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Citizens Energy Group will keep service to 4 Indy apartment complexes

(WISH Photo)

INDIANAPOLIS (WISH) — After Citizens Energy Group was set to disconnect delinquent water and natural gas services from four apartments, they announced Thursday that they’ve reached an agreement that will keep the services running.

The energy group first announced in July that it began placing disconnections at four JPC Affordable Housing apartments: Berkley Commons, Woods at Oak Crossing, Covington Square, and Capital Place Apartments.

Prior to that announcement, Citizens Energy Group had attempted to recoup overdue funds with several payment arrangements over the past 18 months, but JPC had repeatedly broken the arrangements or refused to agree to reasonable payment terms.

JPC agreed to pay it’s past utility bill debt which totals over $1.9 million. As a part of the agreement, JPC will sell the four apartment complexes and the proceeds will be used to compensate Citizens.

“We are very pleased that we have reached an agreement to prevent utility disruption to the residents of the four JPC Affordable Housing properties while protecting our customer base from the full cost of JPC’s past due utility debt,” president and CEO of Citizens Energy group, Jeffrey Harrison, said.

Mayor Joe Hogsett and Attorney General Todd Rokita told reporters during a Thursday afternoon news conference JPC must sell its remaining properties in Indianapolis by Dec. 31 and must dissolve all of its entities in Indiana by April 30. The nonprofit will not be permitted to do business in the state of Indiana for a period of seven years.

Hogsett said while he was pleased with the result of the settlement, it should not have taken legal action by the city, the state and Citizens to resolve the matter.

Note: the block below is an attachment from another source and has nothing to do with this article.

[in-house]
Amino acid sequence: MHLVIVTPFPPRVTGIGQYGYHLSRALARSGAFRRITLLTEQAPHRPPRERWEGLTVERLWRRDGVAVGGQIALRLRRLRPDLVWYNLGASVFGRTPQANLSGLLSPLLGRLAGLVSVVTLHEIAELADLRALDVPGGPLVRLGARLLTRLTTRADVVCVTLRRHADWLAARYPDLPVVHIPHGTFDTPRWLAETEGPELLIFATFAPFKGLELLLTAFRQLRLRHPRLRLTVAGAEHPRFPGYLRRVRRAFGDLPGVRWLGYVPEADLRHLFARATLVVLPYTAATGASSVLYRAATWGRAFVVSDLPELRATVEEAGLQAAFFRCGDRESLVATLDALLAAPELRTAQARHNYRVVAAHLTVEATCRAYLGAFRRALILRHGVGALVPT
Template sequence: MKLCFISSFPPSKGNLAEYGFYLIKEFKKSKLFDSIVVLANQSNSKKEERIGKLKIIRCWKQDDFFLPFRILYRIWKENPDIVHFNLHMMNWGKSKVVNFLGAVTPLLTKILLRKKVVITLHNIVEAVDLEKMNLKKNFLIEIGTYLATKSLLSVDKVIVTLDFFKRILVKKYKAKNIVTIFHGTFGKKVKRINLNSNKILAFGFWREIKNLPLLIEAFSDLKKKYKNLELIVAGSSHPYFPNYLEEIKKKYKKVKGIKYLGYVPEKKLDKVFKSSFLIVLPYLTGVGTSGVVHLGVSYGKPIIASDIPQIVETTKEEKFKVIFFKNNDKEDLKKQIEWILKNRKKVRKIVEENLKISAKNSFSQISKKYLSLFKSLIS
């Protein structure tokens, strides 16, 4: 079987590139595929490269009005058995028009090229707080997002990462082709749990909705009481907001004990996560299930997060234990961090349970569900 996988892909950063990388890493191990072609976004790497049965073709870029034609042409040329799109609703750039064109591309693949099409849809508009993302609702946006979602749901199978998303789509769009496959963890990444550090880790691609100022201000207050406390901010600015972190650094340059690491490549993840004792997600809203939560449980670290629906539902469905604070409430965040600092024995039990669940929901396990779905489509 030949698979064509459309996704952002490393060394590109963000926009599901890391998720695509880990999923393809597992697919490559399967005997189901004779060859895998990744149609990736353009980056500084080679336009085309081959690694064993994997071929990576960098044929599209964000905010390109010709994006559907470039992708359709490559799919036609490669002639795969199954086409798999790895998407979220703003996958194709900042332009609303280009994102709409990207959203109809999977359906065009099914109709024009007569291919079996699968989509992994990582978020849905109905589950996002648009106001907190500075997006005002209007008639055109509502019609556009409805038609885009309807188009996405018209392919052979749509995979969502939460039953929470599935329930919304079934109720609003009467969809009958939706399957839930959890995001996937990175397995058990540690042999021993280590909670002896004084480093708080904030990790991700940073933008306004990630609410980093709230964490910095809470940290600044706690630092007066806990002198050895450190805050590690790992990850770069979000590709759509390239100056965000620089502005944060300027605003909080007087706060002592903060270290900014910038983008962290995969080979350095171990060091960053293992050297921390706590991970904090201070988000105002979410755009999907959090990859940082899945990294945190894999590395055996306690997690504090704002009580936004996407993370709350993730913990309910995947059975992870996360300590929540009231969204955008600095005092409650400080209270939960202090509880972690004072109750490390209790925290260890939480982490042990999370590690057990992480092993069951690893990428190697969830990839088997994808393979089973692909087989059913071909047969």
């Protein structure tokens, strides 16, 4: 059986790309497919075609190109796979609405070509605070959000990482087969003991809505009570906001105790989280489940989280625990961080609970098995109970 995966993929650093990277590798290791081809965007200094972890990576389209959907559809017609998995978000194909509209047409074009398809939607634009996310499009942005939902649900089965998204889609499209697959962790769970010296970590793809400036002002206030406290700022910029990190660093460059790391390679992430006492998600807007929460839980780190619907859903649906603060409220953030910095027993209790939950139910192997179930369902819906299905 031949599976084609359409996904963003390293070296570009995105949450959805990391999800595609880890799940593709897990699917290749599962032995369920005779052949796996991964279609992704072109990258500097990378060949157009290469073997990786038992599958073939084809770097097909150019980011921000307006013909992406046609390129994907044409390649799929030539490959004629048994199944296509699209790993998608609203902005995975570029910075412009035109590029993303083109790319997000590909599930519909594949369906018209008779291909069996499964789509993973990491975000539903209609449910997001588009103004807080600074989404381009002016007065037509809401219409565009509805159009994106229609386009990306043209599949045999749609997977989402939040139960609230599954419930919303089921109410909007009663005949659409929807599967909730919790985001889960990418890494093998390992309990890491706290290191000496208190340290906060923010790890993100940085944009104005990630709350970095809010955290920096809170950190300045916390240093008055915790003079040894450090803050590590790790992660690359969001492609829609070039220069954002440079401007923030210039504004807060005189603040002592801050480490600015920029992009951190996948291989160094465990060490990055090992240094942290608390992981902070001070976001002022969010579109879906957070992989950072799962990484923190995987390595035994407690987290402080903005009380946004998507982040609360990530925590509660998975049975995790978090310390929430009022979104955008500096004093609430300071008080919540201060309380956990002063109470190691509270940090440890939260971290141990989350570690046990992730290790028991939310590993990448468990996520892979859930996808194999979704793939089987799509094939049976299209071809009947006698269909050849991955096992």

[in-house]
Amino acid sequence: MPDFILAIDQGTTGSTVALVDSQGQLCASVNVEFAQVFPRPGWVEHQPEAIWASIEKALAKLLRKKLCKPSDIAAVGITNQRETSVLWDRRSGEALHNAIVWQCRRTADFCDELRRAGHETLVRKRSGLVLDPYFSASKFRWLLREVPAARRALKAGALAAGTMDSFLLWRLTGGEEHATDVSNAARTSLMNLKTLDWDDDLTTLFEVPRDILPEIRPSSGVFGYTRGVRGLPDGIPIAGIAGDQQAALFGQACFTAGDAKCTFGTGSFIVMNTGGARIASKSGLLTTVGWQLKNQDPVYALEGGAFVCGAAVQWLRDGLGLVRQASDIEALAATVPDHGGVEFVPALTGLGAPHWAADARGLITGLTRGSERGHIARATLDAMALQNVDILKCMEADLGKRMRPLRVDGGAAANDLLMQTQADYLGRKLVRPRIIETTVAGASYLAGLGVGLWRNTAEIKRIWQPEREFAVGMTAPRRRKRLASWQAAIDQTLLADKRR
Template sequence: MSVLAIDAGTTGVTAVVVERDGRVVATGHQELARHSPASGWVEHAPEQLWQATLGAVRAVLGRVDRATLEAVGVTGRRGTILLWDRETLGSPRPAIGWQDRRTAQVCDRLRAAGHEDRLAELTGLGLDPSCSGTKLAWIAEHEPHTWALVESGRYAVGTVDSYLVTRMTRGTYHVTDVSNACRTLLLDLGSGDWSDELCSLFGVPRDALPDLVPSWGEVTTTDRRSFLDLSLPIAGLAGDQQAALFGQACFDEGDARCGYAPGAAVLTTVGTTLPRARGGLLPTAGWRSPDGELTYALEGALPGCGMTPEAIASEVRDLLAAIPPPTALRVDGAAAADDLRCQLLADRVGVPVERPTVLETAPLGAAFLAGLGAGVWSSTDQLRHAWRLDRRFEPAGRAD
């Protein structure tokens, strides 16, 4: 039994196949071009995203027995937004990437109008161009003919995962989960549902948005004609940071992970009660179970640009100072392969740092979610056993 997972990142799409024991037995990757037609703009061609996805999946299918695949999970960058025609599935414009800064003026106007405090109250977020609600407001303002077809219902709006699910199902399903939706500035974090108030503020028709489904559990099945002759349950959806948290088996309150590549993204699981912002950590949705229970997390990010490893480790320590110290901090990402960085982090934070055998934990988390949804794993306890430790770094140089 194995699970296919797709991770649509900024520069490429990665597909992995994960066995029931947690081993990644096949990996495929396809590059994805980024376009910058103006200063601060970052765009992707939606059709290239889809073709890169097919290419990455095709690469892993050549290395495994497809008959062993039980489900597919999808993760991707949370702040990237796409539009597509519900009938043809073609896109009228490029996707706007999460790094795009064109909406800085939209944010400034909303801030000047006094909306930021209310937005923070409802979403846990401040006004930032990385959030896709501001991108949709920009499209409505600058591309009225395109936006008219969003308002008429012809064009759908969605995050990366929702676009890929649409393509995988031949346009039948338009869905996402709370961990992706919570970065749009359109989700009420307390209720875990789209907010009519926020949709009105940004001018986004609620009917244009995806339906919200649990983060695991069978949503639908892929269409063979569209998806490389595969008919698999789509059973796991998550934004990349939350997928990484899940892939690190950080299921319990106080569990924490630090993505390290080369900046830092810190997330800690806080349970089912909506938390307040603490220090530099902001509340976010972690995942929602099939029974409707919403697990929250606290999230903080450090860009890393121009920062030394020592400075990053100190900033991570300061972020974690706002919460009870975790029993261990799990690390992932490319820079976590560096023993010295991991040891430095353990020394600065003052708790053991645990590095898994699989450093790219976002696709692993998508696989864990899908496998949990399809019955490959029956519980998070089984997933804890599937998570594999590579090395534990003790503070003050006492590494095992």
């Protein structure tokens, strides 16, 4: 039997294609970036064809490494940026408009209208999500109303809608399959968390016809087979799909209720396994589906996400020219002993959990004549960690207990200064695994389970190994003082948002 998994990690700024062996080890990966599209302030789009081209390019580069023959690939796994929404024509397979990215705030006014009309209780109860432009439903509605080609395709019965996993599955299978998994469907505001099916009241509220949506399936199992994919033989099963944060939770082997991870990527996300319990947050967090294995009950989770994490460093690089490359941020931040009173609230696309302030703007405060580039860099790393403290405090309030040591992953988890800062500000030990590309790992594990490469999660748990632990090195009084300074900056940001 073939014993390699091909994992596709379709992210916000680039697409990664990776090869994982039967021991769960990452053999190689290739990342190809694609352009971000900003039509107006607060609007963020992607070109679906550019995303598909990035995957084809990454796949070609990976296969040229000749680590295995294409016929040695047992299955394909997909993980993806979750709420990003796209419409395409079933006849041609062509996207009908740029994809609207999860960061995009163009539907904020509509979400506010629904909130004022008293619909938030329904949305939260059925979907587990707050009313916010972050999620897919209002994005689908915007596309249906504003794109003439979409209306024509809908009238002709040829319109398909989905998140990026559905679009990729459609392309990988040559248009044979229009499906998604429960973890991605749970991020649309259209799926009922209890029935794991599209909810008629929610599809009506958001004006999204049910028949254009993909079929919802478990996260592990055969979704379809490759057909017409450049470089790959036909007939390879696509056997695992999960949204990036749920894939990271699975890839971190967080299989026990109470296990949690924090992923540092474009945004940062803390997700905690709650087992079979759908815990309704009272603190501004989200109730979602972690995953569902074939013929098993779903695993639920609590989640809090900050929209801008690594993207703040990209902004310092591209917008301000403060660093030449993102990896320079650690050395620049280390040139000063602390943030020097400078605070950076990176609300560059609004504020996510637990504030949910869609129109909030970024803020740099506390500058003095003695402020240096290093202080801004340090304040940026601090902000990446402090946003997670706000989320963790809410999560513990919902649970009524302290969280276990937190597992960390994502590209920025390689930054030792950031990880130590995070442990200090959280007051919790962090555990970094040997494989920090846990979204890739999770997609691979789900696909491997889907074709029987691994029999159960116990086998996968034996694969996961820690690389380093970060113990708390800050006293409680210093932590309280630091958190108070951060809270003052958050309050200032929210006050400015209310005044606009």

“There is a minimum standard by which property owners must abide,” Hogsett said. “And oh, by the way, that minimum standard is quite easy to understand because tenants are held to that standard every single day: Honor your lease, honor the law.”

Rokita said the case strained Indiana’s existing laws governing nonprofits to their limit. In a related case, he said a judge ruled the state didn’t have standing to bring suit because the judge wasn’t sure if state law allowed for it. The judge in this case ruled the state could bring legal action. He said state lawmakers should review those laws in light of the JPC case when they return in January to determine if any changes need to be made.

Hogsett said he hopes lawmakers will consider new protections for renters. He said the city’s rental assistance programs remain well-funded for the time being, in part due to COVID-19 relief funding.

Harrison said utility service will remain connected at the four complexes throughout the settlement period. He said Citizens likely will make some kind of policy changes as a result of the JPC case, though it’s too soon to say what kind.

Hogsett said the city doesn’t have any control over who ultimately buys the JPC properties but it can set some parameters as a result of the settlement.

Asked what tenants of the four JPC properties should do if they receive eviction notices, Rokita said they should continue to honor their side of the lease and seek legal remedy.